During travel photography workshops, we teach participants who often carry big, heavy camera bags. A lot of the time people do not use very much of what they are lugging around with them.
In this article, I want to encourage you to think about carrying less camera gear and how it can help you improve your photography.
Restrictions of weight
Walking around with less weight on your shoulder or back makes a huge difference to photography sessions. It’s no problem if you’re working in a studio or are going to be mostly in one location, but otherwise, it can wear you out quickly.
Going on a photo walk, or even when you go on location, carrying less weight in camera gear frees you up and gives you more energy. You can enjoy your photography for longer periods of time. This becomes more noticeable as you get older.
Well-designed camera bags make a difference with good weight distribution. Mostly though, bags designed to carry a lot of camera gear are backpack-style and I do not find these easy to use. They are either strapped on and secure, with a belt to help support the weight on your hips, or your gear is easily accessible but the weight is not so well distributed.
Carrying a heavy bag of equipment hanging off your shoulder is tiring. It can also lead to back problems if you frequently do it for long periods.
The hassle of bulk
Bulky bags make moving around more difficult. Again, this is more pronounced as you get older. Getting down on the ground to capture a low angle view becomes difficult with a bulky backpack on. If you do not have the bulk and weight on you are far more likely to get down and potentially make a more interesting photo.
Markets and other busy locations are far easier to navigate if you are carrying less camera gear.
With less of a mass of gear, you are also more inconspicuous. This can be a great advantage and help you obtain more natural, candid photos.
Thinking differently about how you compose
I think the biggest advantage of carrying less camera equipment with you is that you are forced to be more alternative in your approach to composition.
You will need to be more imaginative if you have only one or two lenses with you. Zooming with your feet becomes more necessary. It does not take long to get used to.
Seeing in new ways that still allow you to take interesting photos becomes second nature if you practice often enough. You have to think more about taking photos with the lens you have on your camera. If you have limited options you have to focus on your composition rather than relying on the perspective a different lens gives you.
Of course, this all means you need to plan more in advance. Packing the right gear for a particular situation is important. Before you head out with minimal gear, carefully consider the demands you are facing and which lenses will be most appropriate. If you are like me and prefer not to use zoom lenses, your options are more limited and carrying less gear is more challenging.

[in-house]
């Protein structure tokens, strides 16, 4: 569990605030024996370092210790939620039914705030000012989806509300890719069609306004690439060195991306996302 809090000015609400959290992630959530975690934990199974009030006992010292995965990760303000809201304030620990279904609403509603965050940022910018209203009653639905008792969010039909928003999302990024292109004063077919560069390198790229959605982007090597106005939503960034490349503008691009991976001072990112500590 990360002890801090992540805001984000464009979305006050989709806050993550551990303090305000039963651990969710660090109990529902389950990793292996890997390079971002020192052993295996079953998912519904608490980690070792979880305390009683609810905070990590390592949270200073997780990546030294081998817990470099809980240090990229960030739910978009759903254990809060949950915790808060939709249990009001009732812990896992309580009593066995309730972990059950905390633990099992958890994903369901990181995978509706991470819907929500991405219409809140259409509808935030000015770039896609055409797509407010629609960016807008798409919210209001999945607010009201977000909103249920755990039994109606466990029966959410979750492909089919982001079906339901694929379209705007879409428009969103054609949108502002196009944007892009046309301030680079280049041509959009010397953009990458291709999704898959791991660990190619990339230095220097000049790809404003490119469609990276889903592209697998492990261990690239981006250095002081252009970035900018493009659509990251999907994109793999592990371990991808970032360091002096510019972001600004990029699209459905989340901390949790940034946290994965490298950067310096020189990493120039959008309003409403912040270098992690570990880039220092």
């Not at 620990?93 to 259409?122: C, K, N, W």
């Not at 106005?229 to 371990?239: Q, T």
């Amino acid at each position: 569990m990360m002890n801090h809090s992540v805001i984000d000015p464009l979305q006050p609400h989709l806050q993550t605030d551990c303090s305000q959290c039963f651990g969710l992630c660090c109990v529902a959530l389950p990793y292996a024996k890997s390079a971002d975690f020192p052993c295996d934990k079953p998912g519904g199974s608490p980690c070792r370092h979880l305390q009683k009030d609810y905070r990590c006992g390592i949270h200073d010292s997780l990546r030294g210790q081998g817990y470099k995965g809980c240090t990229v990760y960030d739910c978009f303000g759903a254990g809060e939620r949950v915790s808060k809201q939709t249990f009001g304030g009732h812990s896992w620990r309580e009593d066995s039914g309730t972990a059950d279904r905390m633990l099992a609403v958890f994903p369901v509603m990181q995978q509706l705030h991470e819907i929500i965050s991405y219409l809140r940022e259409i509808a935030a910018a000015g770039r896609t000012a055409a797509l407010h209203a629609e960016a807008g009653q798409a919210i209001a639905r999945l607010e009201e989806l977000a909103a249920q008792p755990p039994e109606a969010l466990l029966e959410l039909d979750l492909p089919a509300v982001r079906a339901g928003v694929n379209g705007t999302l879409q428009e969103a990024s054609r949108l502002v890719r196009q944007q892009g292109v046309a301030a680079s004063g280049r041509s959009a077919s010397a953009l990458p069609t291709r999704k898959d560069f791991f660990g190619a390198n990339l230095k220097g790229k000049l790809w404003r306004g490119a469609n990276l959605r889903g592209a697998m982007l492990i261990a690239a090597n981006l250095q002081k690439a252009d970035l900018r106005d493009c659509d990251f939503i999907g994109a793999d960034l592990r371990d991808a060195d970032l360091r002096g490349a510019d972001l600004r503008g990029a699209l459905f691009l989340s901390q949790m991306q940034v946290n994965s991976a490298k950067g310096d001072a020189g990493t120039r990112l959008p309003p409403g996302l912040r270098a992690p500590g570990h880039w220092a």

What gear should I pack?
Ask yourself how much of your gear you really use each time to go out. When you stop to think about it you will probably find that you use certain lenses and other equipment more often and other gear hardly at all.
Check your metadata in Lightroom to see which lenses you use the most. Open a catalog of the favorite photos you’ve taken over the last twelve months or so. In Grid View in Lightroom click on the Metadata option in the top bar. Now you will see lists of cameras and lenses you have used. Analyzing your best photos based on lens and focal length may help you decide which lenses you use the most to take the photos you are most satisfied with.
Maybe you will choose to take one or two lenses with you more often, based on this information. Don’t always pack the lens you use the most. Push yourself by sometimes only packing a lens you tend not to use so much. This helps you become more comfortable using these lenses and to master them.
You may need to buy a new bag, or consider not taking a camera bag with you. If you are only taking one or two lenses out you may not even need to take a camera bag at all.
Don’t aim to travel too light when you have to produce a set of photos for a customer or specific purpose. Limiting yourself in terms of gear options can be detrimental in these situations. If you have a job to do, you need to be sure to do it well.
Challenge yourself to use minimal camera equipment for a month or two. Create a new body of work. When you reach the set period of time you have made yourself, look back over your photos and think about the difference this exercise has made to your photography.
Do you limit your photography gear? Let us know in the comments below.